At the height of the controversy surrounding the fire investigation that led to the arson murder conviction and death sentence of Cameron Todd Willingham, Dr. Gerald Hurst, one of the country's pre-eminent fire investigators, told a reporter for ABC News, "The Willingham case is like a hundred other cases I've seen, except that they executed him. The others are rotting away in prison."
But attorneys with the Innocence Project of Texas, who have been conducting a massive review of arson convictions in Texas, told the Texas Forensic Science Commission at its meeting Friday that the number of cases in which arson investigations may have led to wrongful convictions will turn out to be quite small. Nick Vilbas, executive director of the Innocence Project of Texas, said he expects the final number of cases that are sent for review to the state fire marshal to be six to eight.
Vilbas said that his group will likely produce a final list of questionable cases for the state fire marshal’s office to study in May.
Dr. Sarah Kerrigan, a member of the commission and director of the Forensic Science Program at Sam Houston State University, said the results of the review indicate that overall the state's fire science practices are sound. "When you have six to eight cases out of a thousand, you're really restoring public confidence in the fire investigation system,” she said.
The review has proceeded in four stages. First, the organization contacted 1,085 defendants in arson cases who were still incarcerated or who had been recently released. From an initial round of responses, the attorneys, with the help of university students, whittled the number of cases needing a closer look down to 33.
One case involved a fire in a mobile home, believed by the local fire marshal to have involved accelerants. Attorneys analyzing the case found that the model of mobile home was recalled because of electrical problems that could lead to fires.
Although many of the cases that may be sent for additional review are not yet public, one is currently in court. Today, McLennan County state district Judge George Allen ruled that Ed Graf, whose arson conviction is being studied by the project, is entitled to a new trial. Graf, who is now 60 years old, was convicted in 1988 of locking his two young stepsons in a storage shed at their home outside of Waco and setting it on fire, killing the boys. A prosecutor in the case has said that the fire science used in the original investigation was questionable, but he added that the McLennan County district attorney's office is not convinced that Graf is innocent because of other evidence in the case. A final determination of whether Graf is entitled to a new trial will be made by the Court of Criminal Appeals.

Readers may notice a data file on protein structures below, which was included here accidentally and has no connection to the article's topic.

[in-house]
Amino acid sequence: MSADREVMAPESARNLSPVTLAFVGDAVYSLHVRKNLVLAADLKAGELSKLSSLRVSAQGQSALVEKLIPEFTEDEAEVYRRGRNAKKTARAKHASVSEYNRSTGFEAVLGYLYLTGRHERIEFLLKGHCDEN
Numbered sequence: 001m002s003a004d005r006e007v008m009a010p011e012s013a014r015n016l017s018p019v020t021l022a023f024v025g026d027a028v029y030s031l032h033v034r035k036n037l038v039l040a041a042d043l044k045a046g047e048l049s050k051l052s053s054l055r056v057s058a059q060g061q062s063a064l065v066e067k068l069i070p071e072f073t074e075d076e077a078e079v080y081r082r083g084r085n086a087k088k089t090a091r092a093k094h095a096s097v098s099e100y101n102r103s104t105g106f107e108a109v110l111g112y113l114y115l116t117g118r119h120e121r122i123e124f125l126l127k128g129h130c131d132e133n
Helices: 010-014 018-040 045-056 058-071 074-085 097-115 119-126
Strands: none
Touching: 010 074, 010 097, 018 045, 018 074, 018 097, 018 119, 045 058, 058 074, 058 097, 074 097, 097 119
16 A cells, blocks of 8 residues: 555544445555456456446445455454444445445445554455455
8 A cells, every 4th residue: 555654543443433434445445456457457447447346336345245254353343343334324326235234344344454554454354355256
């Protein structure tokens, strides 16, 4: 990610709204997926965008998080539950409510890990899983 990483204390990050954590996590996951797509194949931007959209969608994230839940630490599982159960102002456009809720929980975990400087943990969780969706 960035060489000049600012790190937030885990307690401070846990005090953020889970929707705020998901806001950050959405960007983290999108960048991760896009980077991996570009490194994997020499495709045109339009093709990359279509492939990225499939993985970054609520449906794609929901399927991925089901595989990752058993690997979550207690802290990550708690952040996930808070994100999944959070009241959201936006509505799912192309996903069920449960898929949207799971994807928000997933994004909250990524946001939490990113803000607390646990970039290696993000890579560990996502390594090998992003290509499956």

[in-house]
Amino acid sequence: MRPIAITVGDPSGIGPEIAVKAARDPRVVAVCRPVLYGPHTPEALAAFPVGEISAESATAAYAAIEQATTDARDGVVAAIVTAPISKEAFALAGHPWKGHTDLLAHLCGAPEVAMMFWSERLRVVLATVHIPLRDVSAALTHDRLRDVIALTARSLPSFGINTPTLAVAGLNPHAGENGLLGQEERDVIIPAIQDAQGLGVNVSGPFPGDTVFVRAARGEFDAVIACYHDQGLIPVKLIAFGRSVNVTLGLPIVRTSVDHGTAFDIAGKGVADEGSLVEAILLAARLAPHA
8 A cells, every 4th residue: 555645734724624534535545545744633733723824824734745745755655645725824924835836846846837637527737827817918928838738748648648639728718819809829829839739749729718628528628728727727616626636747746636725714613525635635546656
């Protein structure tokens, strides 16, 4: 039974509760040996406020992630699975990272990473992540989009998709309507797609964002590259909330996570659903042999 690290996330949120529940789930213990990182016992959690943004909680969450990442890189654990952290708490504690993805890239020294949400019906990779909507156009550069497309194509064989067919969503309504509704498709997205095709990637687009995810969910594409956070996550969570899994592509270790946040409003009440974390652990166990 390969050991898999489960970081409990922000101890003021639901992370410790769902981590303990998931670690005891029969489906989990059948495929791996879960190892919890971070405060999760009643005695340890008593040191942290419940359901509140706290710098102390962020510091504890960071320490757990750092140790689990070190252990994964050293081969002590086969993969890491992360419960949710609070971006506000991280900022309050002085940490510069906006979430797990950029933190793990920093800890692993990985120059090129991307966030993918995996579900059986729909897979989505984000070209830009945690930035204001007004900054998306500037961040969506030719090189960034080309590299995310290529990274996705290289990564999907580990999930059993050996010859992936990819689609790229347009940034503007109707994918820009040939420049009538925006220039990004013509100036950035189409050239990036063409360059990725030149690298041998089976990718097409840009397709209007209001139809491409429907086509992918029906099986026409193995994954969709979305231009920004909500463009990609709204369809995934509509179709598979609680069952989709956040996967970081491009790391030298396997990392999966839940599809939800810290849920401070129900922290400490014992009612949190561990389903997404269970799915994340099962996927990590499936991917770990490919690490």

Vilbas said that of 33 cases the Innocence Project selected for intensive screening, 18 have been initially analyzed and only two of those will go on to be reviewed by a panel of fire experts, set up by Texas Fire Marshal Chris Connealy. The rest of the cases, 15 in all, will be studied in the coming months.
“There are only a handful of convictions that are really in question,” said Mike Ware, another attorney with the Innocence Project.
If Innocence Project attorneys determine that faulty science was used to obtain a conviction, Vilbas said, they will take on those convicted as clients and try to get courts to revisit the cases.
In April 2011, the Texas Forensic Science Commission issued a report casting doubt on the science used in the Willingham case. It noted that “pour patterns,” broken glass, and other evidence once seen as proof that a fire was set intentionally, are no longer considered clear indicators. That kind of evidence had been widely used in Texas arson cases.
At the meeting, Scott Henson, a policy consultant for the Innocence Project and author of the criminal justice blog Grits for Breakfast, cautioned the commission that the arson review only addressed convictions in which someone is currently serving prison time. They did not look at cases in which the convicted arsonist is on parole or probation, or has finished their sentence. In addition, Henson said, many false arson accusations did not enter the criminal justice system, but instead were handled by the Texas Department of Insurance as a part of questions over fire damage claims.
The review comes just as Senate Criminal Justice Committee Chairman John Whitmire prepares to refile a bill, which nearly passed in 2009, that would expressly permit courts to overturn a conviction if the forensic science originally used has since changed.
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